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Wednesday, Nov. 15, 2000

Hard reality of a not-so DMZ still divides the two Koreas


By JULIAN RYALL
Staff writer

The troops of North Korea's crack invasion units are shorter than the average Western tourist.

I know because I have twice hit my head on the roof of one of the infiltration tunnels that have been discovered beneath the stretch of deceptively peaceful land that divides the Korean Peninsula into North and South.

A camouflage-painted observation point offers tourists a view of the world's most heavily fortified border.

A South Korean marine keeps a constant lookout into the tunnel as it retreats into blackness to the North, observing through a small embrasure in a thick concrete plug blocking the tunnel. On the surface, 73 meters above our heads, is the most heavily fortified piece of real estate on the planet. And they call it the Demilitarized Zone.

Tensions up here on the border of barbed wire and minefields between the two Koreas are still high -- but optimism is breaking out all over the South.

For the first time in more than 50 years, there is a thaw in the air on the peninsula. The governments in Pyongyang and Seoul are on speaking terms and the North has decided to open up its doors and embrace concepts other than juche, its own hardline version of self-dependent socialism.

Or has it? Whisper it quietly: Not everyone you talk to in Seoul is thrilled or convinced by Pyongyang's charm offensive. Kim Jong Il's about-face has been just too rapid, too complete, too disarming.

And that, they say, is why the troops on the DMZ have to remain vigilant.

One of the last potential Cold War flashpoint borders in the world, the 249-km border on the 38th parallel has to be one of its most unusual tourist attractions. As my tour bus pulls up in the car park of the Dora Observatory, an elderly Korean woman is sobbing uncontrollably as she is helped aboard her bus. For many not lucky in the lottery for the family exchanges, this is as close as they can get to members of their families that they have not seen for half a century.

From the camouflage-painted observatory (where I am warned three times not to take photos) the view into the North is spectacular. The hillside the observatory stands upon drops away into a lush, uncultivated valley before rising gradually again the far side, the North Korean side. The roads over there are deserted. Nothing moves in the well-maintained villages, and the fields are empty.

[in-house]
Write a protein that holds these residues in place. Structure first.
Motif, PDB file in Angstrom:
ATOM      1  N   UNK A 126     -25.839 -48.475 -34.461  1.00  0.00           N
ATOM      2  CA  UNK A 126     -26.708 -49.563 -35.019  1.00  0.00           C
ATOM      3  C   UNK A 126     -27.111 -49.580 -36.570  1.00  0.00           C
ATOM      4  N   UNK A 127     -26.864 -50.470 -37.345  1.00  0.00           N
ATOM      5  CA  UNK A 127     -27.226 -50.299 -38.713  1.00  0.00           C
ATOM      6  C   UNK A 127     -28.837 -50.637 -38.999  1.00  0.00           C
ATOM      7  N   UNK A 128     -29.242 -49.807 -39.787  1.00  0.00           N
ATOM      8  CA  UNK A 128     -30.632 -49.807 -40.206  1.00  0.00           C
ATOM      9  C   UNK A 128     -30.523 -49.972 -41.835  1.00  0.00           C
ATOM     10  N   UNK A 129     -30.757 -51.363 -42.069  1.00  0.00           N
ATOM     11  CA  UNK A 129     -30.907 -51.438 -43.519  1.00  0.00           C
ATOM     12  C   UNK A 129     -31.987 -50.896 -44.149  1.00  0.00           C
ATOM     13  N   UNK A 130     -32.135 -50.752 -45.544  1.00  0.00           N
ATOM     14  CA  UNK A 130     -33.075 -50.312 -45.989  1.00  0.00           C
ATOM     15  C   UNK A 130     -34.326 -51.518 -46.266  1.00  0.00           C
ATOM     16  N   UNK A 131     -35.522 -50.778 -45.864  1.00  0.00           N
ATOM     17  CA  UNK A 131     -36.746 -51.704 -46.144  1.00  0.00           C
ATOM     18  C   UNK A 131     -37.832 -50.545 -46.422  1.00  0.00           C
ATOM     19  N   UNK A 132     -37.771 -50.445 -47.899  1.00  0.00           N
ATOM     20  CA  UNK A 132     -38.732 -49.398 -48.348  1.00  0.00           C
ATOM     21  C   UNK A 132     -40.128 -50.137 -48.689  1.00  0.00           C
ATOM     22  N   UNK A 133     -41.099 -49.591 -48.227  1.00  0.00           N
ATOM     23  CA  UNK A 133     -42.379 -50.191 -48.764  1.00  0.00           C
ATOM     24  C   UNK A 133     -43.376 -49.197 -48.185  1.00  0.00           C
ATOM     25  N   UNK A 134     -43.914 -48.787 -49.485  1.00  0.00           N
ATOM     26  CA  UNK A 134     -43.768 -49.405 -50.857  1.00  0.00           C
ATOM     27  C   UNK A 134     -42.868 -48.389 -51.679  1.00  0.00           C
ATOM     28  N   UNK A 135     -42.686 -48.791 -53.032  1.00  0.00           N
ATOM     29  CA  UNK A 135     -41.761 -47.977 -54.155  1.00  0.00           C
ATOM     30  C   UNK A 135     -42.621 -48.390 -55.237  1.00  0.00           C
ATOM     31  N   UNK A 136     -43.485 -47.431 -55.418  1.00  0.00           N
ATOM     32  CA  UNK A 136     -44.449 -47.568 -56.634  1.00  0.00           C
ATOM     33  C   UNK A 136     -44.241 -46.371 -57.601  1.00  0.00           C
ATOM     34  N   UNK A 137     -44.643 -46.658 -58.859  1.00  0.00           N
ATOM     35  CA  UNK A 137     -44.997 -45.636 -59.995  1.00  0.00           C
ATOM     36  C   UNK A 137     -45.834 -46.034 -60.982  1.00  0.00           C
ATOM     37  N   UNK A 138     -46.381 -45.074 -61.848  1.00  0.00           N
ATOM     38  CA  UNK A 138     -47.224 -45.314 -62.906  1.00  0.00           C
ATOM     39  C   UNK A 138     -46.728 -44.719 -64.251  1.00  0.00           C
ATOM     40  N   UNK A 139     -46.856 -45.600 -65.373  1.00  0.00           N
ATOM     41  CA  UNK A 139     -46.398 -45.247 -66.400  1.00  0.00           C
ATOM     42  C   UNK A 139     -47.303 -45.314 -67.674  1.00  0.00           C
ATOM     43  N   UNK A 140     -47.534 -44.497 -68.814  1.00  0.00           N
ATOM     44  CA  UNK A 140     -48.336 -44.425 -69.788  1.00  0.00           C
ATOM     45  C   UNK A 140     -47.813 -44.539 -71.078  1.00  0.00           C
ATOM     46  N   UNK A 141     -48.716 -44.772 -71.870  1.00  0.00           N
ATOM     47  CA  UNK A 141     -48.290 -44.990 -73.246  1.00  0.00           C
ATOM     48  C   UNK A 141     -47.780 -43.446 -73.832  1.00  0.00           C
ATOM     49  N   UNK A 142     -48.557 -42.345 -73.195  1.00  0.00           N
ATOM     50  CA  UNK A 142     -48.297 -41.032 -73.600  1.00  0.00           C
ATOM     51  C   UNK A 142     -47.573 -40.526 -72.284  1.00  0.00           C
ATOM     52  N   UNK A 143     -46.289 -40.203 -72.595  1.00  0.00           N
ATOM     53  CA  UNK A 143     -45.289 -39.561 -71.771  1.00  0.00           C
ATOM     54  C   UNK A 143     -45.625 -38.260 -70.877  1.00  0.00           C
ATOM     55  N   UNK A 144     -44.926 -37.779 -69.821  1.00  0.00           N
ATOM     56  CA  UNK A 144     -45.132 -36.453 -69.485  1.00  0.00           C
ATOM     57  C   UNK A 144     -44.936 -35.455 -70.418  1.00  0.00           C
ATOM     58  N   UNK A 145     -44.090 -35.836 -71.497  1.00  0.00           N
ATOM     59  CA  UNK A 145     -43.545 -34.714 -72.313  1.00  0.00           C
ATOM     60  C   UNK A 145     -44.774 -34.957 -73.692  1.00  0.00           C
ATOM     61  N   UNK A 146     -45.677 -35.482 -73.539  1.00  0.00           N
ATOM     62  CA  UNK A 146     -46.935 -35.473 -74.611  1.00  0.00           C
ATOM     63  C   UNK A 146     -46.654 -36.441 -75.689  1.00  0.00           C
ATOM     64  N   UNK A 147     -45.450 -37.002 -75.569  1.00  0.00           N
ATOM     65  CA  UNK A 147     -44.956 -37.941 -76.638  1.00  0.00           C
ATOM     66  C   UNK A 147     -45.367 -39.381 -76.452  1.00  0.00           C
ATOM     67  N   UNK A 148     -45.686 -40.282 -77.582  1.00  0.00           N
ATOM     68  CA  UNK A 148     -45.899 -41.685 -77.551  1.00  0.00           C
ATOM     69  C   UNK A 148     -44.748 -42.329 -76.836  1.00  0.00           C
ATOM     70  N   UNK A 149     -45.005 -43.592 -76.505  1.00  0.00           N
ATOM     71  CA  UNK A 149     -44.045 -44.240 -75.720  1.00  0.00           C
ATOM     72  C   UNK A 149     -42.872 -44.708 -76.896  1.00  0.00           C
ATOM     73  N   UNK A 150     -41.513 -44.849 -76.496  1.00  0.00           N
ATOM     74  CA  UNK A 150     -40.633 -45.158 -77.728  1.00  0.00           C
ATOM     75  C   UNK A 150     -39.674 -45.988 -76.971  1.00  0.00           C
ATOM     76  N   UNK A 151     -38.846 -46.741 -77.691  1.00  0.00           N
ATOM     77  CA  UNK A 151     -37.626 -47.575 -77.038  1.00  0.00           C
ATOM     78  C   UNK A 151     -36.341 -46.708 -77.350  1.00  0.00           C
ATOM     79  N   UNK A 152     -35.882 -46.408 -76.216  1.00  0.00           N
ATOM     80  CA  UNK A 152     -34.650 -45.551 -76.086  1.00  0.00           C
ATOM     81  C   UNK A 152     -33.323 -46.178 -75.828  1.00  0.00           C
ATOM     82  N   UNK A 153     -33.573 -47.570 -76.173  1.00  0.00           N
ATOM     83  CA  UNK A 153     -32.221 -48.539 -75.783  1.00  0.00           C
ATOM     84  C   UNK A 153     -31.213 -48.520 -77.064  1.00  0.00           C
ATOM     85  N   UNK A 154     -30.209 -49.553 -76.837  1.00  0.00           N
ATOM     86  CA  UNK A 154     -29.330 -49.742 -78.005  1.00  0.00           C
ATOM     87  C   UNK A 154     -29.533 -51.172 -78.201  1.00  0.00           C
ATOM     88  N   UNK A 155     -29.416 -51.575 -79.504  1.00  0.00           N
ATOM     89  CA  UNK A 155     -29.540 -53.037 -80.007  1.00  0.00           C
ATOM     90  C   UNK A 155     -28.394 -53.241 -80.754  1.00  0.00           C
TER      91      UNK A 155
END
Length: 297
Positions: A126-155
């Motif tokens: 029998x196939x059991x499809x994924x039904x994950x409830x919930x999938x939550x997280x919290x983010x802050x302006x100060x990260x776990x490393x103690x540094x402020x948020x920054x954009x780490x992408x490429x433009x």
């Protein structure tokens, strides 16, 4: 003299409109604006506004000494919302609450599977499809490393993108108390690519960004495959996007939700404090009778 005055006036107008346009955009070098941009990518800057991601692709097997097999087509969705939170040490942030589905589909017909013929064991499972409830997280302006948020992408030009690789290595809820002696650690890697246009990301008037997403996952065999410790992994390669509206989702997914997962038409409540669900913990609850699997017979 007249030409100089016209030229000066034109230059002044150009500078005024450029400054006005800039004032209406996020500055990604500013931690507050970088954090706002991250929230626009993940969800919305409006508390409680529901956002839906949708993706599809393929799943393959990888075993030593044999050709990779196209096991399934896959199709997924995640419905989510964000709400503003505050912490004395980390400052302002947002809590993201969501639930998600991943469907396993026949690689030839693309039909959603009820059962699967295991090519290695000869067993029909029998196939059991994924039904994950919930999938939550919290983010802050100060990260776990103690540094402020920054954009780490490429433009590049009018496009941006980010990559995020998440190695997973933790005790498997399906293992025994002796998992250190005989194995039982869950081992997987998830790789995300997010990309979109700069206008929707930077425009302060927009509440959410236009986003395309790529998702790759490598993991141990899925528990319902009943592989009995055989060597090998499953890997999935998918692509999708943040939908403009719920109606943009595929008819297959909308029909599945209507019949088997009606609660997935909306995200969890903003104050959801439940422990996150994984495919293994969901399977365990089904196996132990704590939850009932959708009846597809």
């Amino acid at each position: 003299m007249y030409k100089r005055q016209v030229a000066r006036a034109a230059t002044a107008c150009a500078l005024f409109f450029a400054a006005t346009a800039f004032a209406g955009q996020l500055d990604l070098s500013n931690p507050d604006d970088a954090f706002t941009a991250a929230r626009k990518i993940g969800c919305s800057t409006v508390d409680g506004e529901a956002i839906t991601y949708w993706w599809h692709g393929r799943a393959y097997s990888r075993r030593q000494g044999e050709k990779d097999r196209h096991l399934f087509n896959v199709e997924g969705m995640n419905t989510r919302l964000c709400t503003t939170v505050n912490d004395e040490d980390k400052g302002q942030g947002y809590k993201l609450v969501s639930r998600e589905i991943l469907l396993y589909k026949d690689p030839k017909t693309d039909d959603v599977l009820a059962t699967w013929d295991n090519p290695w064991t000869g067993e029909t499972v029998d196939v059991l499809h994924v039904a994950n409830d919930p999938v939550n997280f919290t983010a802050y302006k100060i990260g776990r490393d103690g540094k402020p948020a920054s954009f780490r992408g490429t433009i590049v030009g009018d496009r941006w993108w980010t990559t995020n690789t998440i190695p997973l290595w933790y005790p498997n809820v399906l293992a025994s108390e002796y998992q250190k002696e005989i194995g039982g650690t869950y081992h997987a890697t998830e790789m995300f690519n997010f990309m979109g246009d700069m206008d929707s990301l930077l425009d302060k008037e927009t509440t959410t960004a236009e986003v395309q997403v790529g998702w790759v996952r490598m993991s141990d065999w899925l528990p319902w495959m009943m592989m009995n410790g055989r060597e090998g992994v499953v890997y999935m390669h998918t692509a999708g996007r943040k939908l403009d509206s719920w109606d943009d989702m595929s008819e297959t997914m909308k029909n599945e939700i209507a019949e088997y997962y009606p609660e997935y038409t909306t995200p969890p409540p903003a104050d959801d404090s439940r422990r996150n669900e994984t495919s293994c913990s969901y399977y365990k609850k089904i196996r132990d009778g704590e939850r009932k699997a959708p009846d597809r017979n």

After a South Korean marine has given us the description of what we can see beyond the glass (peppered with "unprovoked," "belligerent" and "purely defensive") I train the outsize binoculars out into no man's land and watch a North Korean soldier lean against the parapet of his sandbagged position.

Bizarrely, the tripwires and booby-traps in the 4 km between the two sides have served to make the DMZ one of the safest refuges for indigenous Korean species of flora and fauna. As I watch through the binoculars, a pair of snowy white storks bob and turn in a clearing.

Back on the bus, we pass woodland fenced off and posted with red signs bearing the unmistakable skull and crossbones symbol and the single word "mines" in block capitals. A unit of South Korean soldiers wave us through another check point.

The third infiltration tunnel was discovered in October 1978, crossing the border only 44 km north of Seoul. Military experts claim a full division of the North's shock troops would have been able to penetrate the South every hour through the tunnel, and that it was designed for a surprise attack on the South's capital.

To get to the tunnel itself, we descend the steep bore shaft that was drilled to intercept it. Holes to place the dynamite charges are still visible where the North Korean engineers suddenly stopped advancing.

After the discovery of the third tunnel, it was 12 years before another burrow into the South was discovered, this time on the east of the peninsula north of Yanggu.

Yet there are almost certainly invasion routes that have never been discovered and, to this day, may end just a few meters below the surface behind the South Korean front line, ready for the order from Pyongyang for its forces to break through the topsoil and go on the offensive.

To the east of the tunnel lies Panmunjom, where tourists and negotiators alike come face to face with the "duplicitous" and "deceitful" representatives of the North.

We are warned not to speak to, approach or gesture toward the North Korean soldiers in and around the hut where the endless discussions on the future of the Korean Peninsula have been held over the past half-century.

A line runs across the negotiating table, precisely marking the border an ideological separation of parents from children, brothers from sisters, entire families from relatives they have never met.

Corp. Park, part of the South Korean contingent patrolling the border zone, considers himself lucky: all his family are in the South.

"It could happen, there could be reunification," he says, nodding at the barbed wire defenses. "But it's a long way off yet."



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